Ex-FIFA Executive’s Trial Focused on Sardinian Villa, Payments
(Bloomberg) -- A former senior FIFA executive goes on trial in Switzerland this week, accused of criminal mismanagement and accepting more than $1 million in cash in return for favorable awarding of media rights to future World Cups.
Jerome Valcke, ex-secretary general of FIFA, is accused of taking bribes, falsification of documents and aggravated criminal mismanagement. A Greek businessman, Konstantinos Nteris, is charged with bribing Valcke, and Nasser Al-Khelaifi, chairman of BeIn Media Group, is accused of inciting Valcke to not tell FIFA about favors he received.
The trial, which starts Monday, is the culmination of a three-year investigation mired in setbacks including dropped charges, the late addition of a new one, and a FIFA-related scandal that has embroiled Switzerland’s top prosecutor. The 2017 probe was opened amid broad allegations of corruption at world soccer’s governing body that forced Joseph “Sepp” Blatter to resign as president. Most of FIFA’s board was replaced after the bribery probes resulted in early morning raids in high-end hotels near its headquarters.
A spokesman for Blatter declined to comment. The former head of FIFA, who was given a six-year ban by the organization in 2016, has previously denied wrongdoing.
“Sport has lived in a legal vacuum and Swiss authorities had no good legal basis to tackle sports corruption until the FIFA scandal broke,” said Jens-Sejer Andersen, international director of Aarhus, Denmark-based sports governance research institute, Play The Game.
“Given this is the first Swiss trial on the topic, I think it’s really vital we get much more detailed information about how FIFA works,” he said.
Valcke is accused of getting help from Al-Khelaifi to secure the 500,000 euro ($595,000) down payment on a villa in Sardinia, which the FIFA secretary then allegedly used for free for 18 months. Valcke had an obligation to report the assistance, and failed to do, “thus unlawfully enriching himself,” the prosecutors said.
Al-Khelaifi, who is also chairman of top flight soccer club Paris Saint-Germain, was charged in February with inciting Valcke to commit aggravated criminal mismanagement for allegedly encouraging him to not report the help he got.
Nteris faces the incitement charge as well as one for bribery for having paid Valcke 1.25 million euros in three installments.
In return, Valcke is alleged to have exploited his position between 2013 and 2015 to favor his preferred media partners in the awarding of Italian and Greek media rights for 12 years of FIFA tournaments.
Swiss prosecutors dropped charges of bribery against Valcke and Al-Khelaifi in connection with the villa and a Cartier watch the Qatari allegedly gave Valcke in February because the suspicion was “not substantiated.” FIFA had withdrawn part of its complaint against the pair following an “amicable agreement,” in the words of Swiss prosecutors, between FIFA and Al-Khelaifi. The bribery charges against Valcke and Nteris remain, as does the allegation Valcke failed to report the help he got with the villa.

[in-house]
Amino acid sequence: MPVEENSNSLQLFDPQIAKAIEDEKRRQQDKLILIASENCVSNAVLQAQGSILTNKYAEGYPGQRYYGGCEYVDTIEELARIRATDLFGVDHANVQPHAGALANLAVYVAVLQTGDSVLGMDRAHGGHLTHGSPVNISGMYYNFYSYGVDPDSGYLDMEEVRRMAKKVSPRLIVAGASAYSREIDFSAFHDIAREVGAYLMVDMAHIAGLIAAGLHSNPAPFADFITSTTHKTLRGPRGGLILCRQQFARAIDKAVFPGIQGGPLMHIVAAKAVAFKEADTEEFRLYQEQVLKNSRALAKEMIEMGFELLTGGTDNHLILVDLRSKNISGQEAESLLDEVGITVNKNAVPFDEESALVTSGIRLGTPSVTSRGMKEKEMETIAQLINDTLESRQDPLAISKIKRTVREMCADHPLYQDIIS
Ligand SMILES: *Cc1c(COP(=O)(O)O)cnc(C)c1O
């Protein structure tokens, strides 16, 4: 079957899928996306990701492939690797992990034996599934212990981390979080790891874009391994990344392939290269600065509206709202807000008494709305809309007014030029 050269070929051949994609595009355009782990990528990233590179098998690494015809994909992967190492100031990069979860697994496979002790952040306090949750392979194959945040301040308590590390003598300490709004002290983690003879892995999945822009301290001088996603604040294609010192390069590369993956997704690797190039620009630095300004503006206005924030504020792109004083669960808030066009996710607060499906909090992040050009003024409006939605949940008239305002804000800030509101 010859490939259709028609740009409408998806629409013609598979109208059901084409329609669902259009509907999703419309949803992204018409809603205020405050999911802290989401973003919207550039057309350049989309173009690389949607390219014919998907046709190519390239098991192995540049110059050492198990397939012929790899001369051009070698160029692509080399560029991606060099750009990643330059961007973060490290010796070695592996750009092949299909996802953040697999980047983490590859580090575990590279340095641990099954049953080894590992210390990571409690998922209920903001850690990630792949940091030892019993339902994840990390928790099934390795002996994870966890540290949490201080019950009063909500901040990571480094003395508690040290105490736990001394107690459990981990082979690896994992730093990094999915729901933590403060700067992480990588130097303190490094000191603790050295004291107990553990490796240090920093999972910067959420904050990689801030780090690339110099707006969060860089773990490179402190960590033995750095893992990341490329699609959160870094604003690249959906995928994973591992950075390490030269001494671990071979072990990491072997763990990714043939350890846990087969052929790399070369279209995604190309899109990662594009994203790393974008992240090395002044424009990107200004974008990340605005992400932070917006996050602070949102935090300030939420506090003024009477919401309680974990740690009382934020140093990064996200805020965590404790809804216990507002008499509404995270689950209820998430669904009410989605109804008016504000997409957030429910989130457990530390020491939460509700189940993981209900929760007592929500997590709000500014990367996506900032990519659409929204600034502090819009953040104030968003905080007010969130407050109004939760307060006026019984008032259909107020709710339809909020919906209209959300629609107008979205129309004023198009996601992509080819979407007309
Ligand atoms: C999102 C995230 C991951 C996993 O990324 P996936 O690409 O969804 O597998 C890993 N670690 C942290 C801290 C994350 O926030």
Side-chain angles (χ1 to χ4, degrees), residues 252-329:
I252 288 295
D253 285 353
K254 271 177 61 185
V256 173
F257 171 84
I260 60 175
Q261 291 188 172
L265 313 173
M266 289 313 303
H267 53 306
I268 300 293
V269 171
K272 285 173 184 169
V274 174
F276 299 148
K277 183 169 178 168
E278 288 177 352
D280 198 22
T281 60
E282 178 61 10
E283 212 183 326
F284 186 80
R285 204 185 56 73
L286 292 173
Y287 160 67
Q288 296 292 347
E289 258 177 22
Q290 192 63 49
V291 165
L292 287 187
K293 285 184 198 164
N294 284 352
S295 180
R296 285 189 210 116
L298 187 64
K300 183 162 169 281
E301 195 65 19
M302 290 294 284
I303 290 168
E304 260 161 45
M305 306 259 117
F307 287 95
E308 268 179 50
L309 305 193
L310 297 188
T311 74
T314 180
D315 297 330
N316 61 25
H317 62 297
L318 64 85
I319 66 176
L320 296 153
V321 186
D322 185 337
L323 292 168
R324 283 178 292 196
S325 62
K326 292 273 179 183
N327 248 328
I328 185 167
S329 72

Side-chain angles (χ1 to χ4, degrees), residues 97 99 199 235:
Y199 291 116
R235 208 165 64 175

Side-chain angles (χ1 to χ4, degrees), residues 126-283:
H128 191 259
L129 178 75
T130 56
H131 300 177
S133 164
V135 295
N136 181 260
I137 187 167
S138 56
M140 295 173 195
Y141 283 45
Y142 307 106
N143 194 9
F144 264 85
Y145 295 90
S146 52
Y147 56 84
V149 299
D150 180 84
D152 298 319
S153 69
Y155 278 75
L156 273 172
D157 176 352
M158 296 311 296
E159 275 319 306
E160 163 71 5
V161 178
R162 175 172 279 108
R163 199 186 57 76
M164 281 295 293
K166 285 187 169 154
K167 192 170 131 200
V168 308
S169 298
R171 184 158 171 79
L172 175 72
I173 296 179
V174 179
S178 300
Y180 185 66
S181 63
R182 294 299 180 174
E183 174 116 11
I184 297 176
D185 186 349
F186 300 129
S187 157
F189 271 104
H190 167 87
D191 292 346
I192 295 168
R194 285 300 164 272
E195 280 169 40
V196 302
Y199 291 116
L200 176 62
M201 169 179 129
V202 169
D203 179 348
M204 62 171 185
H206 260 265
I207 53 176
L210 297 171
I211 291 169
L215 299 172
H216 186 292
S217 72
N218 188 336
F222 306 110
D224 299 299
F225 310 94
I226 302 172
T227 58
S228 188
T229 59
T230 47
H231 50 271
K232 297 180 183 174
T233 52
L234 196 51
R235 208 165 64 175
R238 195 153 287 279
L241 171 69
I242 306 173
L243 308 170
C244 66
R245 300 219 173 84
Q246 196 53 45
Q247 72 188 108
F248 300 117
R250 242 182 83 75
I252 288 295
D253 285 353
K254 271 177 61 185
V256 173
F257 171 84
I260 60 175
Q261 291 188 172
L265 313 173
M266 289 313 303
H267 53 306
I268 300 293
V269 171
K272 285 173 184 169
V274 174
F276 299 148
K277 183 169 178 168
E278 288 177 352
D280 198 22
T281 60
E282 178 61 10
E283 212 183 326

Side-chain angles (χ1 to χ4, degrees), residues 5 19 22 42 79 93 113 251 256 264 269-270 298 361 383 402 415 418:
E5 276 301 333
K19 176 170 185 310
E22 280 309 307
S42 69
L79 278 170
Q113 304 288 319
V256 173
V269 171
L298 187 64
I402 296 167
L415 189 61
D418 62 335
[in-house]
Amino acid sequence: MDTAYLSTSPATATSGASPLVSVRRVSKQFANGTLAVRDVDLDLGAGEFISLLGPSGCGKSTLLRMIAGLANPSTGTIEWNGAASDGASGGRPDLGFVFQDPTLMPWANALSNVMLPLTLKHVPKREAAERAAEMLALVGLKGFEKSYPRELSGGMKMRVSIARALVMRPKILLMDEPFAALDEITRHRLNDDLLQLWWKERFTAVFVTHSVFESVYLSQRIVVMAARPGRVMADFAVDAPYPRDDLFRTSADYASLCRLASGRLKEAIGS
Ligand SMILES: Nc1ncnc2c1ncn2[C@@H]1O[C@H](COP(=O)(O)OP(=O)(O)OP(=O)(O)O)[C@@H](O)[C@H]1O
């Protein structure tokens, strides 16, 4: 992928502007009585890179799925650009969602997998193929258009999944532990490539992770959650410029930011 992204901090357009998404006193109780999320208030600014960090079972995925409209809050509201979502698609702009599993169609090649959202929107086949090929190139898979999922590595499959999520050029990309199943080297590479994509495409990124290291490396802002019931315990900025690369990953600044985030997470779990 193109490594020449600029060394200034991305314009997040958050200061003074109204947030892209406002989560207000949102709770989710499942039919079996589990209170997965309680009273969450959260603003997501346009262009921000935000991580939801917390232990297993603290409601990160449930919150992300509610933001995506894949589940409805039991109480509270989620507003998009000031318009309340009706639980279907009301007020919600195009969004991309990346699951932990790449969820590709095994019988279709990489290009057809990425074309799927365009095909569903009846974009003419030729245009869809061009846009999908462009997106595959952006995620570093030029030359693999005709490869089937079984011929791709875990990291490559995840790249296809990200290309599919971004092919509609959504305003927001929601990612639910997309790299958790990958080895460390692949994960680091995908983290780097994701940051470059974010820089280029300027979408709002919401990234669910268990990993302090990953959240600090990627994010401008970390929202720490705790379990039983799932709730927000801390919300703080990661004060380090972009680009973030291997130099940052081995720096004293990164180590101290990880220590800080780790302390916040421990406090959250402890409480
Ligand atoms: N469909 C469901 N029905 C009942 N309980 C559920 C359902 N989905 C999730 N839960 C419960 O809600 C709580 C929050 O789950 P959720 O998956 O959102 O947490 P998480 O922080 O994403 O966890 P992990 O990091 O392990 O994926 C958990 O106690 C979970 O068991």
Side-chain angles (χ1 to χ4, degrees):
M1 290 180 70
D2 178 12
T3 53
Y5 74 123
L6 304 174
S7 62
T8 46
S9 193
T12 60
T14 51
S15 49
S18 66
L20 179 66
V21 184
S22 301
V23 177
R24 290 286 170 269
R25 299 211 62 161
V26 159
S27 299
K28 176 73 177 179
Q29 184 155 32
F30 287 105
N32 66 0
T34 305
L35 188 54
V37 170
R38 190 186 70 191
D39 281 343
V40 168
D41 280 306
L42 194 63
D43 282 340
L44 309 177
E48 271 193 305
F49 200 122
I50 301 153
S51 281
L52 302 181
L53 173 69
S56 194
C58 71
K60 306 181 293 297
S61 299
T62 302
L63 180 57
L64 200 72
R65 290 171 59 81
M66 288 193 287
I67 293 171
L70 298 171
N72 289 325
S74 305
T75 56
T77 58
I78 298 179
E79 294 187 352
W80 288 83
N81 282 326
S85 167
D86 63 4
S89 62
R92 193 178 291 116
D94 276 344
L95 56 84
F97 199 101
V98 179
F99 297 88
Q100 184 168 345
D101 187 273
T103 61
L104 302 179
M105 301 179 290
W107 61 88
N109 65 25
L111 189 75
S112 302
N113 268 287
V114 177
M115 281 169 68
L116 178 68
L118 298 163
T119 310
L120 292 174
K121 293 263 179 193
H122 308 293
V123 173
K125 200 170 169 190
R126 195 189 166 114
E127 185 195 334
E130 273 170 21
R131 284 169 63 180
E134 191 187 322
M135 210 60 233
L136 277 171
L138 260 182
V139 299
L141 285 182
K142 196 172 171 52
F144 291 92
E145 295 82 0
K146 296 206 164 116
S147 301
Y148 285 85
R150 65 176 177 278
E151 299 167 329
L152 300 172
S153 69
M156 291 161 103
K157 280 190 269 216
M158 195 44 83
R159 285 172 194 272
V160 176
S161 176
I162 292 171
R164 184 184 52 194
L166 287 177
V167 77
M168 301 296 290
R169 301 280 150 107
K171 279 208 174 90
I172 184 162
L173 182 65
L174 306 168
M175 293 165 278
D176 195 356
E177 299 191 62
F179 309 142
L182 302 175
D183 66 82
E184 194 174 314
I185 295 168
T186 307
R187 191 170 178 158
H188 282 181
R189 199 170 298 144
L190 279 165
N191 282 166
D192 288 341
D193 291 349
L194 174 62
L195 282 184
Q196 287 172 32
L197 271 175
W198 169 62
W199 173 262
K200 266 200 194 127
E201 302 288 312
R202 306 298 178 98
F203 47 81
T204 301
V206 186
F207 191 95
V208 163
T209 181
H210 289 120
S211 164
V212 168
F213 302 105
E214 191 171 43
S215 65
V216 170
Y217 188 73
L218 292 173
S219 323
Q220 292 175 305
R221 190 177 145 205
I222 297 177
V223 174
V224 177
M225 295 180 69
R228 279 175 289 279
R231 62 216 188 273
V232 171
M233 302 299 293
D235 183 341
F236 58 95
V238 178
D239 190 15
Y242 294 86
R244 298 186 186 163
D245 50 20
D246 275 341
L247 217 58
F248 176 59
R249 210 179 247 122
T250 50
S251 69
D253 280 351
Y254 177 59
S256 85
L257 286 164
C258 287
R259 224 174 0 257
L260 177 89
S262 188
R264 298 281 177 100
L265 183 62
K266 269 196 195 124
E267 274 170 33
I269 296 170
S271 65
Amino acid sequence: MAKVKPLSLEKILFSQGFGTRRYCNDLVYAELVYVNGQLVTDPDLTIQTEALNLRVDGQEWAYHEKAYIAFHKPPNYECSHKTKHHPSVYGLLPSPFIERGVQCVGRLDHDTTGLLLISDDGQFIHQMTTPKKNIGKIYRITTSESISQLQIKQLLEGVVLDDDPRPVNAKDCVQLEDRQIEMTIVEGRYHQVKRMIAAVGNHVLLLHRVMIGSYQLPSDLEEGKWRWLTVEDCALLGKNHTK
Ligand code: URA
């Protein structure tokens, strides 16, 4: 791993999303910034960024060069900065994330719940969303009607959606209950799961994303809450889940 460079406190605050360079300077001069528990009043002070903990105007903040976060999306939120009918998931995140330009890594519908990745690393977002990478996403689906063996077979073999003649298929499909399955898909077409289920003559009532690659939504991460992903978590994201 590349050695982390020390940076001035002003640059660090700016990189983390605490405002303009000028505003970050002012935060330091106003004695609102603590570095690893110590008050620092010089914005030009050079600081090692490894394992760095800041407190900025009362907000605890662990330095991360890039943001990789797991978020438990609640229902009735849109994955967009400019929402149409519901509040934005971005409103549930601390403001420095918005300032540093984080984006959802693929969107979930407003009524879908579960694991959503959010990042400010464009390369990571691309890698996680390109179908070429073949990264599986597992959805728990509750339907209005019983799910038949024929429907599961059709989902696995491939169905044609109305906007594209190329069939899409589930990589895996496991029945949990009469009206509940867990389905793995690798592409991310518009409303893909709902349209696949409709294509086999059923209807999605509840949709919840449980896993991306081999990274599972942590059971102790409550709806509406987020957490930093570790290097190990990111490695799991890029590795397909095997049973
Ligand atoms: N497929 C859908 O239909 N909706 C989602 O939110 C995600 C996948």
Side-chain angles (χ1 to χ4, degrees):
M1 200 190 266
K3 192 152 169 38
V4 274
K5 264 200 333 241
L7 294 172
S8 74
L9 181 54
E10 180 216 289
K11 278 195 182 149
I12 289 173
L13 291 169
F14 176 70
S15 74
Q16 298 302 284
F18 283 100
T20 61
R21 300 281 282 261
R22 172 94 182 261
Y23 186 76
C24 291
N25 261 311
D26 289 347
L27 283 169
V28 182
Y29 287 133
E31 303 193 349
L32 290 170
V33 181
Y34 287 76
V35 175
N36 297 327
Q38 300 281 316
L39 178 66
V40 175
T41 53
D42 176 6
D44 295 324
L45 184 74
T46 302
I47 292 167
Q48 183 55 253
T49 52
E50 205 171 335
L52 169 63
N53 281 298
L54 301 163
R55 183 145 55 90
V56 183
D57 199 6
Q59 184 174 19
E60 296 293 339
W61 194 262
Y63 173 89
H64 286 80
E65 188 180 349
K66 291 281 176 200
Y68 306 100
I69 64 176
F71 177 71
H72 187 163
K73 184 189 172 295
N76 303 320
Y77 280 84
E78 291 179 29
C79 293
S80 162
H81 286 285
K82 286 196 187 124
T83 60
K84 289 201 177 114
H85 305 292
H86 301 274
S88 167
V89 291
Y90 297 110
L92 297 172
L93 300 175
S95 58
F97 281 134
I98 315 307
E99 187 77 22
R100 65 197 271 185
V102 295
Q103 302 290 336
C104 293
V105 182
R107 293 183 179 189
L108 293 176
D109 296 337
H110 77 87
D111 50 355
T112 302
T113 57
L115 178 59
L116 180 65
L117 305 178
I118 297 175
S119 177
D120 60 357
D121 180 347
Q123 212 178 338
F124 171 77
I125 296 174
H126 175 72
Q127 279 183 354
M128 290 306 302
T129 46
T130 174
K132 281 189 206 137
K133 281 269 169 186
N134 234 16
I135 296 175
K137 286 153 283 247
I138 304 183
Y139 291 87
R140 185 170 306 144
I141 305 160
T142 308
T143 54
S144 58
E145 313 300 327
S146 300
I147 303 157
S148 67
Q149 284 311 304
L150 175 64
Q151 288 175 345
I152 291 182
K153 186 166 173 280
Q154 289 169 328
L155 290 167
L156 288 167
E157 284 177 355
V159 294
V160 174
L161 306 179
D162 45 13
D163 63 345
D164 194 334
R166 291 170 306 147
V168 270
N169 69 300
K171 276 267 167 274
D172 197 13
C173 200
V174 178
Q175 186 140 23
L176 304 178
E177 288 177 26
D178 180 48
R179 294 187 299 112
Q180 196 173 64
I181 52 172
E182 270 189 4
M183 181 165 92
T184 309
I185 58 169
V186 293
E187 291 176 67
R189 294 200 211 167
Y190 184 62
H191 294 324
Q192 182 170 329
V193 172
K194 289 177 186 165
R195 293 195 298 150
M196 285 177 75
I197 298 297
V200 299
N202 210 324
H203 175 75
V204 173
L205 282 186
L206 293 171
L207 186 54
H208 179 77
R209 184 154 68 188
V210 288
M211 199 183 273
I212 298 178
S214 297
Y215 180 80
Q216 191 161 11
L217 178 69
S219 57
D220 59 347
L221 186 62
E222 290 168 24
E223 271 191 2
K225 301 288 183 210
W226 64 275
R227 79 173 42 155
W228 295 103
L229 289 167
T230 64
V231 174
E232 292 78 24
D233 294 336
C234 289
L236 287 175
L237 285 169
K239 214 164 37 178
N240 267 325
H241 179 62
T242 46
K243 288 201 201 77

“Despite the most forensic public, private, lawful and unlawful scrutiny and smears of our client since 2016, no charges have ever been proven; the main original charge of bribery was completely and conclusively dropped,” lawyers for Al-Khelaifi said in a statement. “The recently submitted secondary ‘reporting’ charge is manifestly artificial and lacks basis in law or fact -- we have no doubt that our client will be proven innocent.”
Patrick Hunziker, Valcke’s lawyer, rejected the remaining accusations at the time of his February indictment.
“Valcke had no influence over the award of media rights nor did he in any way harm FIFA,” he said. Hunziker didn’t return messages seeking comment ahead of the trial.
Saverio Lembo, FIFA’s lawyer for the trial at the Federal Criminal Court, declined to comment and referred queries to the Zurich-based organization, which filed the original criminal complaint against the three men in 2016. It didn’t return a message seeking comment.
Alec Reymond, Nteris’s lawyer, won’t attend the trial because his client is unwell, and asked for a delay in the proceedings against Nteris. More substantively, however, Reymond said that the ongoing scandal involving Swiss Attorney-General Michael Lauber’s meetings with FIFA executives means the principle of “equality of parties” can no longer be respected.
“The court and the defendants are today still in the dark about the content of these secret discussions into which a criminal investigation has been ordered,” Reymond said.
Policing the Police
Lauber resigned his post in July, and Stefan Keller, a specially-appointed prosecutor, is seeking to open a criminal probe over a series of undocumented meetings Lauber held with FIFA President Gianni Infantino as part of his investigation into corruption at the organization.
Keller is already investigating Infantino and another Swiss prosecutor who worked with Lauber on the FIFA case. Soccer’s governing body has previously said the meetings were legitimate and legal, and didn’t respond to a request for comment on the accusation against Infantino.
Lauber was negligent, made false statements and “knowingly concealed” a meeting with Infantino, a Swiss court ruled in July. Lauber said he accepted the court’s decision but “rejected the accusation of lying.”
“A separate scandal is why has not one FIFA trial taken place in Switzerland until now,” Play The Game’s Andersen said. “So kudos to at least to the Swiss Parliament for being willing to look into the suspicions raised around Michael Lauber’s role as the head of the investigations.”
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